A third war erupted between England and the Netherlands in 1672. Although the Dutch inhabitants of New York had been treated quite fairly by the English, it became an object of the war once more.
A fleet of twenty-three ships carrying 1,600 soldiers under the command of Cornelius Evertsen arrived in New York Harbor on 07 August 1672. On the following day a feeble cannonade was fired from Fort James. On the 9th, a land force under the command of Captain Anthony Colve easily obtained the surrender of the garrison of Fort James and the Dutch flag was once again hoisted over the city of New York. The colony of New York was renamed New Orange on the 17th.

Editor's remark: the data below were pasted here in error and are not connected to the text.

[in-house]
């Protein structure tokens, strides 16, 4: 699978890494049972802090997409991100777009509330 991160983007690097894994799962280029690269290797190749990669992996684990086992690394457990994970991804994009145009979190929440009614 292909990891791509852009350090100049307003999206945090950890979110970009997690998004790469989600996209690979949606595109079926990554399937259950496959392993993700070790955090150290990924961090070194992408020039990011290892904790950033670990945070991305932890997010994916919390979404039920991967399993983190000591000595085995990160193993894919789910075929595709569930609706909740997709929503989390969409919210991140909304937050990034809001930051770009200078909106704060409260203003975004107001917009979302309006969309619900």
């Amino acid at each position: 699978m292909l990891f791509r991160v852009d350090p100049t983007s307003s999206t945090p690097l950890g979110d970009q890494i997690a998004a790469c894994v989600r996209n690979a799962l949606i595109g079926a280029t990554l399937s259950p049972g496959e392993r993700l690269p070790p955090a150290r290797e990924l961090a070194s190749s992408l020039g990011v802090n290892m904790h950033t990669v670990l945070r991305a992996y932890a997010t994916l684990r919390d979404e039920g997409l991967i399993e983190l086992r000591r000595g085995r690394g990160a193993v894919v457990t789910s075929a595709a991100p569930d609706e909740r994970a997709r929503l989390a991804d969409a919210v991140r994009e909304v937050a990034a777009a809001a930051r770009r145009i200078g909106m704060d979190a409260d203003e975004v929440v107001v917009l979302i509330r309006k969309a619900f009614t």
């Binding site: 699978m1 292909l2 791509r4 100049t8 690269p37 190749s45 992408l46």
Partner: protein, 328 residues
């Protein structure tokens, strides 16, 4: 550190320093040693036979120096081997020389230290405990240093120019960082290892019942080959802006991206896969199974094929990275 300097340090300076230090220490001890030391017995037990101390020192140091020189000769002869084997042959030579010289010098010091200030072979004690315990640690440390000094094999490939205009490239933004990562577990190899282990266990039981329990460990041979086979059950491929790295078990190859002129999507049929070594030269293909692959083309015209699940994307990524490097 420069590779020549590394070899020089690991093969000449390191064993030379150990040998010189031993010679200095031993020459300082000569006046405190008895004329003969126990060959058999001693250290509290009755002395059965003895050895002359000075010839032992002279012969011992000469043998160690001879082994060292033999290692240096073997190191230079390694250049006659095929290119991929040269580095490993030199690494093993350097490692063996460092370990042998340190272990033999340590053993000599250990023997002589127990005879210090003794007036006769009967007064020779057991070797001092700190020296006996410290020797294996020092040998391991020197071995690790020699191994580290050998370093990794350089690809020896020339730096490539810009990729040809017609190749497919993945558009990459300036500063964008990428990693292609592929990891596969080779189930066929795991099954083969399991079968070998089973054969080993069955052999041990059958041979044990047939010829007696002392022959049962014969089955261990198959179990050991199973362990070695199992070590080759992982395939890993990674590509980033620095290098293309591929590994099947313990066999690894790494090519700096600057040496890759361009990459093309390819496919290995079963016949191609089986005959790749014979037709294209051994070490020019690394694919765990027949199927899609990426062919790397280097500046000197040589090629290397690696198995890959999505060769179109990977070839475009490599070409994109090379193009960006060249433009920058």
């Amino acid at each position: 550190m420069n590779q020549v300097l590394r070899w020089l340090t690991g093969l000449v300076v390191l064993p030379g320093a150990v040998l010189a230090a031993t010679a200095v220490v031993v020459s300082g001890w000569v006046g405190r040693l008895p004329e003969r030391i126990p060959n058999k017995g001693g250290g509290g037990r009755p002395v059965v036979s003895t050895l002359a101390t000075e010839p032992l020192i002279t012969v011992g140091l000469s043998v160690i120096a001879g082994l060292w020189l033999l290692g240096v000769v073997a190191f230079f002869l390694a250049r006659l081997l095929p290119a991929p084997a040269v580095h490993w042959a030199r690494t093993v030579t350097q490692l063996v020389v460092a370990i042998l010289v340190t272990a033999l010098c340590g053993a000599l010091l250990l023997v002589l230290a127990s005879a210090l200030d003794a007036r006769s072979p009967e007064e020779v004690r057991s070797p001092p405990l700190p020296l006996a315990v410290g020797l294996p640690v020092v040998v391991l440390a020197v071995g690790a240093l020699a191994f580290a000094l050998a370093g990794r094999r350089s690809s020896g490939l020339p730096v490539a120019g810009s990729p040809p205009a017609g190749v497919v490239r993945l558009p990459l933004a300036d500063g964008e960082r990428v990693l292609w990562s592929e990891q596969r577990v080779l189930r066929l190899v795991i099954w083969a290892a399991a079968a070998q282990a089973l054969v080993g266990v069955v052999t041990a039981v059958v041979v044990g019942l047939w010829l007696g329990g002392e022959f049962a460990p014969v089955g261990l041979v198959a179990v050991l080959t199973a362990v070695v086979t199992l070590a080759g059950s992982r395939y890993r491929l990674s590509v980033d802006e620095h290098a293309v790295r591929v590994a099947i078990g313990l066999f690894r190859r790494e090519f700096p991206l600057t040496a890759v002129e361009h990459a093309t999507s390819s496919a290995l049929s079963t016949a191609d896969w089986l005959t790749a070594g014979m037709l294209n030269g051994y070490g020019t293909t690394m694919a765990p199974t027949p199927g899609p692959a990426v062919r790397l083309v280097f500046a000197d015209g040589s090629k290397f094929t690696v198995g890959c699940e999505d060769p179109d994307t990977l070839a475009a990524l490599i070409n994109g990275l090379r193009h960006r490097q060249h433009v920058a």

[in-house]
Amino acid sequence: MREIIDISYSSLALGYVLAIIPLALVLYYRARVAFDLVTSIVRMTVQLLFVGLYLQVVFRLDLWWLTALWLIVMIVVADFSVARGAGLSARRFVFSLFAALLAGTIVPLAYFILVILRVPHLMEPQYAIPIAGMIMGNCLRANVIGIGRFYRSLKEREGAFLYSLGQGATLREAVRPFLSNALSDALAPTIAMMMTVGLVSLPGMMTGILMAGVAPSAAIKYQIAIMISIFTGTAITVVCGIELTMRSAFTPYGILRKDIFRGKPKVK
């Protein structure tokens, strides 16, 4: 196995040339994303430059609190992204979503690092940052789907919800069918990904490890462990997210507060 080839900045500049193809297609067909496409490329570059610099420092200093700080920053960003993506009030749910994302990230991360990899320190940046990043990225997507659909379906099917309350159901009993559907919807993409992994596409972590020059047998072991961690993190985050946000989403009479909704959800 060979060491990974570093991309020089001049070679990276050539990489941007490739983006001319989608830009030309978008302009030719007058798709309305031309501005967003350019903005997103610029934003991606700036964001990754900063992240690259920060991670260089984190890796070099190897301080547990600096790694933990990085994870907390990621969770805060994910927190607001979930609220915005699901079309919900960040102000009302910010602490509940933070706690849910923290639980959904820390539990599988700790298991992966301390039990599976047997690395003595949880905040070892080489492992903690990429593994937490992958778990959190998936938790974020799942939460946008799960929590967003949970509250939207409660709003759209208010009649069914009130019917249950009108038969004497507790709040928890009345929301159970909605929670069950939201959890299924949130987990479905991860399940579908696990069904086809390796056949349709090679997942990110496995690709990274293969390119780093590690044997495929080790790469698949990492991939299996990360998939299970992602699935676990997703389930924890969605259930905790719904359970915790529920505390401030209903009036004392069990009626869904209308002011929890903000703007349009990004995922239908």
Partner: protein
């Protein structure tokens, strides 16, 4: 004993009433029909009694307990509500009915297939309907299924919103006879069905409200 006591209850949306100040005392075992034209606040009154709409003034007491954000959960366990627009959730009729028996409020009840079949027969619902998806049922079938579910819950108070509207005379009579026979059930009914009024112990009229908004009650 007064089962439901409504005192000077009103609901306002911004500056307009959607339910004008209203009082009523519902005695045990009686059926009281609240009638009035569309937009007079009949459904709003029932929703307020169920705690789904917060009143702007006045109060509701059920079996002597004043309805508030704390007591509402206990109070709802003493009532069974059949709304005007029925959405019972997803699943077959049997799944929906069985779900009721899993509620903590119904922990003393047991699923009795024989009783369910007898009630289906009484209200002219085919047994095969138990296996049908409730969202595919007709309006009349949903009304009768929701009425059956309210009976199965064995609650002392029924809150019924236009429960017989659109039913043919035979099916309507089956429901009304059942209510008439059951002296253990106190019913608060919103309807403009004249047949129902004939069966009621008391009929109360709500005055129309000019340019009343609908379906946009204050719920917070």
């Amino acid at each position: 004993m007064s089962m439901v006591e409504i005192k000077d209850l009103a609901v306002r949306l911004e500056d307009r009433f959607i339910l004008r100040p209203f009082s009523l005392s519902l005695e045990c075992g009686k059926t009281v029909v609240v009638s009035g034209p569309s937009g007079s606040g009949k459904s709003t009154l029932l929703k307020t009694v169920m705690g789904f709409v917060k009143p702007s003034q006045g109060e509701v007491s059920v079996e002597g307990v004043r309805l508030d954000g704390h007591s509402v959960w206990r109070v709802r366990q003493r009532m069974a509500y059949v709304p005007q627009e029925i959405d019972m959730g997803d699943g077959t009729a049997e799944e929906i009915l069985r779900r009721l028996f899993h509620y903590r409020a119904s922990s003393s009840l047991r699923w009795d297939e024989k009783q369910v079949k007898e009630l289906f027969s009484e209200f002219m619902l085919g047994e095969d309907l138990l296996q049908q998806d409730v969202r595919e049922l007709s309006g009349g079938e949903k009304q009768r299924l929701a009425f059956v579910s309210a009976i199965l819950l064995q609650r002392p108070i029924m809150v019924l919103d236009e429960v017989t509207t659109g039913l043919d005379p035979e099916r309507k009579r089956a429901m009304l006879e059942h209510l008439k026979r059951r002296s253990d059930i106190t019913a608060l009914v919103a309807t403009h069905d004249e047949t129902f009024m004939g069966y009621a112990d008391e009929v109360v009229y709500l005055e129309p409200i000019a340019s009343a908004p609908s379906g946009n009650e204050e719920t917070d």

Captain Colve was named Governor General on 12 August. He set about taking control of the region. Most of the towns in the colony capitulated to the Dutch, but the five towns on Long Island in what had been designated the East Riding of Suffolk resisted with the assistance of the New England Confederacy.
The renewed Dutch rule of New Amsterdam / New York / New Orange was shortlived. The Treaty of Westminster was signed on 19 February 1674. By the terms of that treaty, the colony was surrendered by the Dutch and handed over to Sir Edmund Andros, a deputy of James, the Duke of York on 10 November.